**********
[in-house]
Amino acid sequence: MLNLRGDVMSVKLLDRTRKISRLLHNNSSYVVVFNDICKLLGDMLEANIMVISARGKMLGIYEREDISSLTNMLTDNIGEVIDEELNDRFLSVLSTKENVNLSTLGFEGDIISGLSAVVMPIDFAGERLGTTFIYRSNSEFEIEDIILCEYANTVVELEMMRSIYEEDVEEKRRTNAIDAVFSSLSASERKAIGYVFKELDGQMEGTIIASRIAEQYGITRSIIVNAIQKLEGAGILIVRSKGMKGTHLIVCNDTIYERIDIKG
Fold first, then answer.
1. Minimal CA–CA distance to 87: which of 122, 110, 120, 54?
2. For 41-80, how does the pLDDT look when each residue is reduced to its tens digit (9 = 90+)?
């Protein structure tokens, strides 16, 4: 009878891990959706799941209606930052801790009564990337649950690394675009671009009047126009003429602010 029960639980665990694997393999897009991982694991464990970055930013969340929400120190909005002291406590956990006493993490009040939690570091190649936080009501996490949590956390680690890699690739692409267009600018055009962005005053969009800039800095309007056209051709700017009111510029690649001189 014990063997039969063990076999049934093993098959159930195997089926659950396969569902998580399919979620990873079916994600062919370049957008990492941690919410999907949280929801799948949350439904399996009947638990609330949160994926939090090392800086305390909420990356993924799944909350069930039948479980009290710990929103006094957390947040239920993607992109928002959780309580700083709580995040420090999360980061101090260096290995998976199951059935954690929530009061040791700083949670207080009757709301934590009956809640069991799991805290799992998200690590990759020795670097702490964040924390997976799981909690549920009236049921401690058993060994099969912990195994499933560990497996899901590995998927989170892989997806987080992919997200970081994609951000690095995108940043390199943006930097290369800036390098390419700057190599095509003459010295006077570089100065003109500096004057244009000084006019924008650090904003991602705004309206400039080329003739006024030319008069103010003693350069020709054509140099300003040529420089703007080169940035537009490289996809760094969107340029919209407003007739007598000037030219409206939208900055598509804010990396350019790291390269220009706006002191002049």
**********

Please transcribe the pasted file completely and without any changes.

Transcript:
[in-house]
Amino acid sequence: MLNLRGDVMSVKLLDRTRKISRLLHNNSSYVVVFNDICKLLGDMLEANIMVISARGKMLGIYEREDISSLTNMLTDNIGEVIDEELNDRFLSVLSTKENVNLSTLGFEGDIISGLSAVVMPIDFAGERLGTTFIYRSNSEFEIEDIILCEYANTVVELEMMRSIYEEDVEEKRRTNAIDAVFSSLSASERKAIGYVFKELDGQMEGTIIASRIAEQYGITRSIIVNAIQKLEGAGILIVRSKGMKGTHLIVCNDTIYERIDIKG
Fold first, then answer.
1. Minimal CA–CA distance to 87: which of 122, 110, 120, 54?
2. For 41-80, how does the pLDDT look when each residue is reduced to its tens digit (9 = 90+)?
């Protein structure tokens, strides 16, 4: 009878891990959706799941209606930052801790009564990337649950690394675009671009009047126009003429602010 029960639980665990694997393999897009991982694991464990970055930013969340929400120190909005002291406590956990006493993490009040939690570091190649936080009501996490949590956390680690890699690739692409267009600018055009962005005053969009800039800095309007056209051709700017009111510029690649001189 014990063997039969063990076999049934093993098959159930195997089926659950396969569902998580399919979620990873079916994600062919370049957008990492941690919410999907949280929801799948949350439904399996009947638990609330949160994926939090090392800086305390909420990356993924799944909350069930039948479980009290710990929103006094957390947040239920993607992109928002959780309580700083709580995040420090999360980061101090260096290995998976199951059935954690929530009061040791700083949670207080009757709301934590009956809640069991799991805290799992998200690590990759020795670097702490964040924390997976799981909690549920009236049921401690058993060994099969912990195994499933560990497996899901590995998927989170892989997806987080992919997200970081994609951000690095995108940043390199943006930097290369800036390098390419700057190599095509003459010295006077570089100065003109500096004057244009000084006019924008650090904003991602705004309206400039080329003739006024030319008069103010003693350069020709054509140099300003040529420089703007080169940035537009490289996809760094969107340029919209407003007739007598000037030219409206939208900055598509804010990396350019790291390269220009706006002191002049």